/A valid ontology for economics?

A valid ontology for economics?

from Ikonoclast (originally a comment)

The challenge is to develop a valid ontology for economics. In medicine, early theories of disease failed to yield efficacious treatments because their ontology (a theory of basic real existents and how they interact) was wrong. A few of the more common ideas founded on false ontologies were that diseases were caused by evil spirits, miasma and imbalances of the four humors. It was not until the advent of the germ theory of disease that real progress was made. More basic and real biological existents were found, microscopic “germs” or pathogens, and the pathogenic theory of disease was founded. With continued research, further causes of disease were found, namely deficiency disease, hereditary disease and physiological disease. Again, this progress was made possible by basic empirical research into real existents via the disciplines of physics, chemistry, biochemistry, genetics, physiology (a complex system discipline) and neurology (another complex system discipline).

Since conventional economics has made a total mess of things, and it is founded on a demonstrably false ontology, the discipline must be torn down and rebuilt from scratch. The conventional economists are the modern world’s equivalent of the medieval school-men. Their arguments are those of the syllogism and mathematico-deductive logic while being based on a false ontology of economic objects. When the premises are false, all ensuing deductions are false. Conventional economists still talk about “spirits” only they call them sentiment, optimism, pessimism and so on. Instead of the homunculus to explain human reproduction they have homo economicus to explain economic reproduction.

The problem with conventional economics is that it commences with prescriptions and then using the prescriptions as axioms, develops its theorems. However, to study the real we cannot begin with prescriptions. We must begin with empirical investigation and accurate descriptions of the real and the interactions of real existents. This is why, at the first level, economics must begin with thermoeconomics, also referred to as biophysical economics. At this level we must seek to equate production and production possibilities only with the empirically measurable and empirically sustainable.

At the same time, we cannot ignore our current cultural norms, in particular the prescriptive norms of private property and (supposedly) free markets. This is where contemporary economics is prescriptive and normative, prescribing these norms as absolutely necessary and non-negotiable. With these norms taken as axiomatic givens, the “laws” of economics are sought. But the results of axioms (when derived) are theorems or pre-determined outcomes, not laws. The normative rules of conventional economics create behaviors but these behaviors are in no way law governed (in the sense of fundamental scientific laws). Rather, they are axiomatically guaranteed outcomes within the limits of what is empirically possible. This is a fundamental point. Human rules (as opposed to fundamental laws of nature) create specific results within the bounds of the possible.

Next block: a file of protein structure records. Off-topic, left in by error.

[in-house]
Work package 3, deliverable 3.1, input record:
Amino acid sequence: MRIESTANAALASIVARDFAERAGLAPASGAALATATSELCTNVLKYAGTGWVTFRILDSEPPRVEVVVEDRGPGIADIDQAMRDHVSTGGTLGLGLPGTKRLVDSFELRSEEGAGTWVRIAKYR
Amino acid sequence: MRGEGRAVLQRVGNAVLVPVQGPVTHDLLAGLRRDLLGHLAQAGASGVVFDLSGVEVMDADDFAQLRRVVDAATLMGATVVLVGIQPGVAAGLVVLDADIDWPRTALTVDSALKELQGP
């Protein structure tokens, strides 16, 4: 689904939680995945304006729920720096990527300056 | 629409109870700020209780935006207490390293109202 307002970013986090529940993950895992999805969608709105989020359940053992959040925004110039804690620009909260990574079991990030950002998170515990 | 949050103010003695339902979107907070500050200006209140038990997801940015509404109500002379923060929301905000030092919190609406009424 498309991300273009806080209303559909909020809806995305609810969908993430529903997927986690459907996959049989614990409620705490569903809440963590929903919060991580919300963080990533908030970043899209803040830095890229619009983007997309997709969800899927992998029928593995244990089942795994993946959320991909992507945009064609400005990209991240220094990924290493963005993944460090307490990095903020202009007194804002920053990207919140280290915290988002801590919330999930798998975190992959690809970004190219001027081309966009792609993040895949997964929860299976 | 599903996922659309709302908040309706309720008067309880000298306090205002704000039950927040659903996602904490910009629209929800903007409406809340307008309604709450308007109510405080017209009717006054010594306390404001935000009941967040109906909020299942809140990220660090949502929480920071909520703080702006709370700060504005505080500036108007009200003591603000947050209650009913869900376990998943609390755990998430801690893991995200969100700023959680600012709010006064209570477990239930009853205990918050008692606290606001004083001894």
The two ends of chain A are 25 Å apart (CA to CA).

If conventional economics will not own up to its prescriptive foundations, as it in fact does not, then it is revealed as dishonest and merely an ideology dressed up in the trappings of false mathematico-deductivist justifications. Can a non-mathematician critique complex mathematical models in economics or other disciplines? No, not in their own terms. However, the empirical evidence for or against a mathematical model set (in a discipline arena) can be assessed by a basically science-literate person. I am neither an aeronautical engineer nor am I an atmospheric physicist. I cannot critique their mathematical models. Yet, I can see that planes fly and that modern climate models also “fly” while still being granular and imperfect. In the second case, “fly” means that word summaries, diagrams and basic formulae of climate models make scientific explanatory sense (cause and effect sense) to a science-literate person and the models also make predictions which are being borne out empirically by real-world developments.

It’s difficult, for me at least, to see any way that mathematico-deductivist economic models fly outside of the theoretical spaces in which they are constructed. That is, it is difficult to see that they fly in real spaces in the real world). That’s fine up to a point. Theory, be it sociological or scientific, is the next step after inductive and adbductive reasoning from empirical hints and instances. But eventually the theory must be taken back to the empirical realm for testing. Much of “conventional” economics seems to me to be unclear about whether it is descriptive or a prescriptive discipline. I’m not alone in thinking this. These debates are now generations old and objective conclusions are not just rare but seemingly non-existent. The state of micro and macro in “conventional” economics seems as deplorable as ever.

“Of several major theoretical problems, the most basic is that economic theory reasons deductively, from axioms. An axiom, said the English economist Peter Wiles, is “only a premise one is not allowed to question, dressed up as something grand.” … By reasoning deductively from axioms, economics confuses the normative with the descriptive.” – Robert Kuttner.

My central question is this. Does economics need to go back to basic ontology (in philosophical and scientific terms) in an attempt to correct and properly found its ontology of economic objects and processes? I contend it does need to do this. If you can’t get the base ontology right (what really exists at the most basic observable levels) then you cannot get anything else right. Medicine, fas I said, could make no real progress until it abandoned the humors theory for the germ theory et. al.